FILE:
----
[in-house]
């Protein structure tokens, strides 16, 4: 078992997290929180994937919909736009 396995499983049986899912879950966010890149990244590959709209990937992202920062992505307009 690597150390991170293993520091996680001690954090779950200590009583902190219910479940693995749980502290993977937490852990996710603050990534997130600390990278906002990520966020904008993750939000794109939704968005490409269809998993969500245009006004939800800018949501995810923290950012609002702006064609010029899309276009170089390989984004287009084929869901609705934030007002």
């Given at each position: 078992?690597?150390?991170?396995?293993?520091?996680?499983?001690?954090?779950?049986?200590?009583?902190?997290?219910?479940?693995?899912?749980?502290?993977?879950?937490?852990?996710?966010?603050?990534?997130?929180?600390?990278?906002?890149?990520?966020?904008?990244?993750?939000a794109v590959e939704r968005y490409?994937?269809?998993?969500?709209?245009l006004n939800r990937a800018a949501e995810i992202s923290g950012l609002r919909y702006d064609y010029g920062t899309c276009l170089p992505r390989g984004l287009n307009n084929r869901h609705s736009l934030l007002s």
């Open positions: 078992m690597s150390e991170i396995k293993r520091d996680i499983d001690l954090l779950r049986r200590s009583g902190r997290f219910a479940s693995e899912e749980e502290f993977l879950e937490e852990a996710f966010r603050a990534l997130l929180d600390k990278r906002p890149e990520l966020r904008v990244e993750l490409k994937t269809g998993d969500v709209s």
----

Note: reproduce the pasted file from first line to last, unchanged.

[in-house]
């Protein structure tokens, strides 16, 4: 078992997290929180994937919909736009 396995499983049986899912879950966010890149990244590959709209990937992202920062992505307009 690597150390991170293993520091996680001690954090779950200590009583902190219910479940693995749980502290993977937490852990996710603050990534997130600390990278906002990520966020904008993750939000794109939704968005490409269809998993969500245009006004939800800018949501995810923290950012609002702006064609010029899309276009170089390989984004287009084929869901609705934030007002």
């Given at each position: 078992?690597?150390?991170?396995?293993?520091?996680?499983?001690?954090?779950?049986?200590?009583?902190?997290?219910?479940?693995?899912?749980?502290?993977?879950?937490?852990?996710?966010?603050?990534?997130?929180?600390?990278?906002?890149?990520?966020?904008?990244?993750?939000a794109v590959e939704r968005y490409?994937?269809?998993?969500?709209?245009l006004n939800r990937a800018a949501e995810i992202s923290g950012l609002r919909y702006d064609y010029g920062t899309c276009l170089p992505r390989g984004l287009n307009n084929r869901h609705s736009l934030l007002s």
């Open positions: 078992m690597s150390e991170i396995k293993r520091d996680i499983d001690l954090l779950r049986r200590s009583g902190r997290f219910a479940s693995e899912e749980e502290f993977l879950e937490e852990a996710f966010r603050a990534l997130l929180d600390k990278r906002p890149e990520l966020r904008v990244e993750l490409k994937t269809g998993d969500v709209s």